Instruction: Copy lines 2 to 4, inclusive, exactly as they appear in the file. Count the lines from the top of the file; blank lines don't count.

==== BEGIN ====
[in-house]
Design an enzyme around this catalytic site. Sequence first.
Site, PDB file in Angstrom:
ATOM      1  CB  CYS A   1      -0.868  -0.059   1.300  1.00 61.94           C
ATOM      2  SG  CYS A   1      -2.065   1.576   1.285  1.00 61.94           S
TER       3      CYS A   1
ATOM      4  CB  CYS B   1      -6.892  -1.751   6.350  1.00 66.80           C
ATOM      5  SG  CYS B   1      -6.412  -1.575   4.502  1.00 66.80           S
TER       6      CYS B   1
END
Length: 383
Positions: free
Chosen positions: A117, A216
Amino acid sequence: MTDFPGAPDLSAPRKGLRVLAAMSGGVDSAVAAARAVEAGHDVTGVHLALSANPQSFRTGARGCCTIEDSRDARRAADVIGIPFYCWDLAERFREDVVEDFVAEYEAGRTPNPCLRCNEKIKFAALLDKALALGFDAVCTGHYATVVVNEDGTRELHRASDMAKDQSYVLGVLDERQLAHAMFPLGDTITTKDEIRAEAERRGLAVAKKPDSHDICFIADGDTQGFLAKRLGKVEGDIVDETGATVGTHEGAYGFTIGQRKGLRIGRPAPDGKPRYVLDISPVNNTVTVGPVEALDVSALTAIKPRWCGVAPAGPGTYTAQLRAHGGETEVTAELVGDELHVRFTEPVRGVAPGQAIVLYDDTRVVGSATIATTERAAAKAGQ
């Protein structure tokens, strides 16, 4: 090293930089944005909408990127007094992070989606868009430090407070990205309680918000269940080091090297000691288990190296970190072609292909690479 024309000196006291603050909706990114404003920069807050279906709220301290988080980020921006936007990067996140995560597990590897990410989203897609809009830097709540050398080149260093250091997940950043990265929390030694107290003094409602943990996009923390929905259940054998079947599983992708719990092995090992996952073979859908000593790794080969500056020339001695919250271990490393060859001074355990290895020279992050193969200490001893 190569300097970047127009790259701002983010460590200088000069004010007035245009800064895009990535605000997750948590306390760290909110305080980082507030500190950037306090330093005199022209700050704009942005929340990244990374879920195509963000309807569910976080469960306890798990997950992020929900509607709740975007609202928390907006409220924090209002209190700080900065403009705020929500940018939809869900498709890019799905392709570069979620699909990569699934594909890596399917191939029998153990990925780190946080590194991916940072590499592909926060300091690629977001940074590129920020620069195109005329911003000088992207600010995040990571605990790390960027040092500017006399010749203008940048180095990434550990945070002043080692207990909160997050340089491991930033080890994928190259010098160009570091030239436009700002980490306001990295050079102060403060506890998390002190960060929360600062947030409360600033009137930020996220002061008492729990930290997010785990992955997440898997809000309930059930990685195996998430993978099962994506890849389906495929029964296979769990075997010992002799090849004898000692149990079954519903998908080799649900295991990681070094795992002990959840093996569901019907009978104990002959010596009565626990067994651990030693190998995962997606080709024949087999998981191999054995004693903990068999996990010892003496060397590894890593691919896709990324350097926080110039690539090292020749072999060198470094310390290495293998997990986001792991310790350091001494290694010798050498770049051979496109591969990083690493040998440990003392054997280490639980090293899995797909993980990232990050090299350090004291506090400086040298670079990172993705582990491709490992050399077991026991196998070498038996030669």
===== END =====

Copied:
Design an enzyme around this catalytic site. Sequence first.
Site, PDB file in Angstrom:
ATOM      1  CB  CYS A   1      -0.868  -0.059   1.300  1.00 61.94           C